14ymedio, Havana, 26 July 2022 – – The day started off complicated in the editorial office of 14ymedio in Havana. Several members of the team awoke to no internet connection and started to look for alternative ways to reach their readers. They concluded, with resignation, that the reason for this was that Etecsa [the Cuban State owned telecoms company] had cut off communications from activists and independent journalists on July 26th, the day Cuban officialdom celebrates the anniversary of the assault on Moncada prison, or, the Day of National Rebellion, as they prefer to call it.
Hundreds of miles away, in Cienfuegos, Díaz-Canel gave his speech: “Democracy, popular participation, humanism, creativity, innovation, commitment, ideals and revolutionary passion are what today define the Cuban Revolution, and social justice continues to be our guide.” He didn´t say anything about freedom of the press or the selective cuts in internet service.
The Head of State appeared in the city’s Plaza Cultural, where, according to the State news and media website Cubadebate, over 10,000 people had gathered, and lent his arm to Raúl Castro, who was also supported by the First Party Secretary in the area, Marydé Fernández López, so he could walk to his place of honour. From there he enthusiastically waved the red and black flag and listened to the words of his successor, who had not even been born on the date in question, but whose speech was focussed on the preceding century.
Díaz-Canel defended Fidel Castro´s claim in La Historia me absolverá [History Will Absolve Me], as a remedy for the “amnesia” that “imperial logic” attempted to impose, and spoke of “material pressures” intended to push back the “the spirit of resistance and to make the Cuban people forget the reason for the socialist revolution of the poor, with the poor, and for the poor.”
While Cuban people cross the island seeing the empty stores closed down, or some forklift driver comes up with a black market product, Díaz-Canel went on about a period when Cubans owned no houses or land, the negroes and mestizos were marginalised, women had no rights and were hopeless and hungry. Although he could have been talking about this Tuesday July 26, 2022, he was in fact referring to the mid-twentieth century.
During the day they announced a more than 10% shortage of electricity, although early in the morning the television broadcast the official ceremony without problems. In any case, Díaz-Canel, found himself able to refer to the power cuts, and asked the Cubans, even though they thought there was nothing worse than the blackouts they had to put up with every day, “to understand that the US blockade is the root cause of our economic difficulties.”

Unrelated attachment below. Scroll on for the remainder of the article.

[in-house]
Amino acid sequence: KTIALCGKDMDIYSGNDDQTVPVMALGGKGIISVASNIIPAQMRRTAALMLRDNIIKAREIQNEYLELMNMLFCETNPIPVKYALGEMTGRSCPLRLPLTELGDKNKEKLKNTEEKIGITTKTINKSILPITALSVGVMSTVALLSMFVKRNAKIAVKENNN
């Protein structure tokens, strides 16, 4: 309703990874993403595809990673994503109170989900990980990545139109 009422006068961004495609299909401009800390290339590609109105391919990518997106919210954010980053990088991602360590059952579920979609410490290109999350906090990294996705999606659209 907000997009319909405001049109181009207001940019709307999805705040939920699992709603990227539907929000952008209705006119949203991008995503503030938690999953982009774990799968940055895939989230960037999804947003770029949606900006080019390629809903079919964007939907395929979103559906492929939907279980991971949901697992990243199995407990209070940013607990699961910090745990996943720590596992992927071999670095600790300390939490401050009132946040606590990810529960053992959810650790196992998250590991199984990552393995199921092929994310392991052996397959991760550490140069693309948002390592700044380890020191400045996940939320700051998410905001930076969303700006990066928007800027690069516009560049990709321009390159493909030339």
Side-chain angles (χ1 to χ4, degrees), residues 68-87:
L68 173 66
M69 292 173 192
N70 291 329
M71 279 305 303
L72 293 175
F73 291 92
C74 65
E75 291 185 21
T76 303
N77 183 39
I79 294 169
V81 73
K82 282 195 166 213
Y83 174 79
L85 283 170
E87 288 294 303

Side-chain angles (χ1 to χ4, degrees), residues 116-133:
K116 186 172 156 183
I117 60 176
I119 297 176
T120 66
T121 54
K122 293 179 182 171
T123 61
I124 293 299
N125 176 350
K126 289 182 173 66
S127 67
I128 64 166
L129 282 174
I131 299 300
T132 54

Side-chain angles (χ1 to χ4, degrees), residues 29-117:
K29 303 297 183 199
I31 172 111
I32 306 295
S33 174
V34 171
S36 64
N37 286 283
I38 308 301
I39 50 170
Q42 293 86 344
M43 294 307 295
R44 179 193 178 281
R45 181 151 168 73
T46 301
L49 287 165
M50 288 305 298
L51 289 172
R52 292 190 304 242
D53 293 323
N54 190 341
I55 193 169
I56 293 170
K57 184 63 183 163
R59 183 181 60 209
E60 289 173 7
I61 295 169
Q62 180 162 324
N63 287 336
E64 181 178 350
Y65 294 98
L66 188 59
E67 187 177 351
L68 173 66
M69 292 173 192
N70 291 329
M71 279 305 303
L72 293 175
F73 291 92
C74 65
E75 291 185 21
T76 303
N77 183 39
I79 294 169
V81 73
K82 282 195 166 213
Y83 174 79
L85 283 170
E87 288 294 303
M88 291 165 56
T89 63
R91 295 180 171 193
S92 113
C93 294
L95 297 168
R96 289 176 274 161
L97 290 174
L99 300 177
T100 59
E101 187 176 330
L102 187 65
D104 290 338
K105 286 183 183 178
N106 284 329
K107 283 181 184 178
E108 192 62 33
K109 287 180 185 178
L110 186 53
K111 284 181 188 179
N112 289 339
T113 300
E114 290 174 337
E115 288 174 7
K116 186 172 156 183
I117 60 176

The leader didn’t get everything correct. He mentioned the great Cuban sporting achievements, while the rate of absconding of athletes is higher than ever, then he want on to the low level of infant mortality in a year in which we have seen catastrophic statistics in the island. He mentioned citizen safety on a day when we know there are up to 10 daily cattle thefts in Ciego de Ávila, and, why not, the health situation, a few days after the lack of nearly half the basic necessity medicines was reported.
In his speech, the President also referred to the new recently-approved norms which put Cuba “in the vanguard of respect for rights and guarantees,” although he didn’t mention the Penal Code, or the Communications Law, although he did mention the Family Code, one of the few norms adopted by the government — if not the only one — which the international community can view positively and which will be subject to a referendum in September.
Díaz-Canel also thanked the Heads of State who had shown support for Cuba, among which he particularly mentioned Andrés Manuel López Obrador, the Mexican leader, who is apparently gaining in the appreciation of the Cuban regime in comparison with Nicolás Maduro, who did not get a mention in spite of the relationship of more than two decades between Caracas and Havana.
Lastly, Díaz-Canel said “delinquency weakens social work and corruption eats away at everything” and stressed the need to fight it. “If we had given in after Moncada, after Granma, if we had accepted the idea of defeat, we would have been defeated, but that never happened and that must always be our attitude”, he concluded
Translated by GH